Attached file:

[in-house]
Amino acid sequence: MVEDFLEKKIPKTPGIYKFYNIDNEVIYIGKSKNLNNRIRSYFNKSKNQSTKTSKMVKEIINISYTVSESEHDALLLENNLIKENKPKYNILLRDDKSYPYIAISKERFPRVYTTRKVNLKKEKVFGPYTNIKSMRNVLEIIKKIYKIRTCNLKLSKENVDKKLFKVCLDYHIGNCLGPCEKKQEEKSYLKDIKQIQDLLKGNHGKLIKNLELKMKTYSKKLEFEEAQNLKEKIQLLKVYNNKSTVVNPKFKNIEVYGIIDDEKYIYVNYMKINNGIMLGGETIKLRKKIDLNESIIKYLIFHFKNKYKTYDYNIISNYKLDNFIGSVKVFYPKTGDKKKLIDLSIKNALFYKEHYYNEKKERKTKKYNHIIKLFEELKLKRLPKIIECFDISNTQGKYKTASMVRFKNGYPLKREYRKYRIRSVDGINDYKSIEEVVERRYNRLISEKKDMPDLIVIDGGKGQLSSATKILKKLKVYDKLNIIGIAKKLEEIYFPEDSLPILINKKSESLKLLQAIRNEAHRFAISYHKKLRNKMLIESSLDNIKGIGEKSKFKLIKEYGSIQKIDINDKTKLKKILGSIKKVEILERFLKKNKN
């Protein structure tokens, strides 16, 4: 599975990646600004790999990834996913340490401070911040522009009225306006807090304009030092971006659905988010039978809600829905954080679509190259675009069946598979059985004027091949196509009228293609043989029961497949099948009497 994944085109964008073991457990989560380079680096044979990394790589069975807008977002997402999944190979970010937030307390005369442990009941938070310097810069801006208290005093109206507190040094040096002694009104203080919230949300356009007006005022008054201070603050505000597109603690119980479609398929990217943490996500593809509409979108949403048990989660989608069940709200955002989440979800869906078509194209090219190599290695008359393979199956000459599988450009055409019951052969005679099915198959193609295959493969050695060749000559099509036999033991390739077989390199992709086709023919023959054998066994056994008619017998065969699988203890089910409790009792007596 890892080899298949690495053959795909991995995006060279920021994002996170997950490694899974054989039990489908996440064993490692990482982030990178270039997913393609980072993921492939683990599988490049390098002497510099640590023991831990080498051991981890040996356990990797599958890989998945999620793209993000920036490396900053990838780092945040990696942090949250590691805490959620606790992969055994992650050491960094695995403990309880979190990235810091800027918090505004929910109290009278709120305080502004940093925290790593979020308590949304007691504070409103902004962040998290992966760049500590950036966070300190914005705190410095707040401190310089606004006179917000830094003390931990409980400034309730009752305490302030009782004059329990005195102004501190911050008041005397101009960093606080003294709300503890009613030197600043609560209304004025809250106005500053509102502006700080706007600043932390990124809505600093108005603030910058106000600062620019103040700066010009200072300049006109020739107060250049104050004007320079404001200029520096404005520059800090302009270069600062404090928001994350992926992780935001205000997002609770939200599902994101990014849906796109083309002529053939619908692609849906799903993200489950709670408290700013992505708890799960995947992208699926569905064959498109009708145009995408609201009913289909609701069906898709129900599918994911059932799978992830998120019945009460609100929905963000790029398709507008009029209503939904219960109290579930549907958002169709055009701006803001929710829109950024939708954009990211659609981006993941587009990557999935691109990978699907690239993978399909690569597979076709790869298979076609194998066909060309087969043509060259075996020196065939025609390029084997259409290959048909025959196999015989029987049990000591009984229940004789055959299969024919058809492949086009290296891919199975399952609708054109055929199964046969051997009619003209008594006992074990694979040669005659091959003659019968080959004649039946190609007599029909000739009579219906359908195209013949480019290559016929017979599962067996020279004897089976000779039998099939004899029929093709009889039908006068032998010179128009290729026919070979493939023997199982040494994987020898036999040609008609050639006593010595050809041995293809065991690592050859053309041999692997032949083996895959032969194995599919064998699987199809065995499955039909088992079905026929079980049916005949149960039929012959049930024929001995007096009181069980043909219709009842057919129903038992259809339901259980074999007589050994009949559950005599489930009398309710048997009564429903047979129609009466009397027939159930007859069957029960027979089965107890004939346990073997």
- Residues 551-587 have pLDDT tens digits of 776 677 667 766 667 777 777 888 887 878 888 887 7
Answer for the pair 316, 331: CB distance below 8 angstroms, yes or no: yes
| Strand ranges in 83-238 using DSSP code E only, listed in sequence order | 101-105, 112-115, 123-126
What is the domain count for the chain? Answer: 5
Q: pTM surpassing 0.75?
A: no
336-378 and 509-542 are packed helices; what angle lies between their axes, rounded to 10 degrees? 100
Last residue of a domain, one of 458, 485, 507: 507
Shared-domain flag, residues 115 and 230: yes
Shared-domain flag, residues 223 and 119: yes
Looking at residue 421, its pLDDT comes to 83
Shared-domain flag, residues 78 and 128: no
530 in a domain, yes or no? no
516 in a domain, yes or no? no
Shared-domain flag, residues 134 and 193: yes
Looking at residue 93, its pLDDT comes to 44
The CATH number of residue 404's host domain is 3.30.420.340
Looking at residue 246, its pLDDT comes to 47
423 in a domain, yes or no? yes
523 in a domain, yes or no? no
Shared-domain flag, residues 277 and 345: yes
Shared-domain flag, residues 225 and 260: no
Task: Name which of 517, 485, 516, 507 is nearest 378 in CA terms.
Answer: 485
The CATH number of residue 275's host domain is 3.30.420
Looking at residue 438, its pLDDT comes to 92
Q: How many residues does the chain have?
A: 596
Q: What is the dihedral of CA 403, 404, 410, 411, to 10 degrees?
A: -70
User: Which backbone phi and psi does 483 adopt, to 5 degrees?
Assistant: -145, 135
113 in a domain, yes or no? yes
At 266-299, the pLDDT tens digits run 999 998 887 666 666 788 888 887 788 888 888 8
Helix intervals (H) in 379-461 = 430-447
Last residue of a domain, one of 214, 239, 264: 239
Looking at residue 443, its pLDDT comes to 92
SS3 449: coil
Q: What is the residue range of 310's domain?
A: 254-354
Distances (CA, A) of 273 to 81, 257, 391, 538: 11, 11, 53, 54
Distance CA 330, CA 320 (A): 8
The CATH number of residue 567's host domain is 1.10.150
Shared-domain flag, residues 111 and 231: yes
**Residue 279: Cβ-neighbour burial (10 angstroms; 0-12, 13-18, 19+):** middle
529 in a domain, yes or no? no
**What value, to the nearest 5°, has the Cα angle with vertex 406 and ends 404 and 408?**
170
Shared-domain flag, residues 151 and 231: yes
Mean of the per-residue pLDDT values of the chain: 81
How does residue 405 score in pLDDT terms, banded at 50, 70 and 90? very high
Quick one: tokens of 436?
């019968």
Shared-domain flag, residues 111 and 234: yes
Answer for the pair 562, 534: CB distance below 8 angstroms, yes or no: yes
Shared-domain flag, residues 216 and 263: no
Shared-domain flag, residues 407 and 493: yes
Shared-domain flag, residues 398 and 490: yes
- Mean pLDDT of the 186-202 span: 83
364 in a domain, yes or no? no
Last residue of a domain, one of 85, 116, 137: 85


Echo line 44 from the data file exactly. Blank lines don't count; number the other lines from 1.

Distances (CA, A) of 273 to 81, 257, 391, 538: 11, 11, 53, 54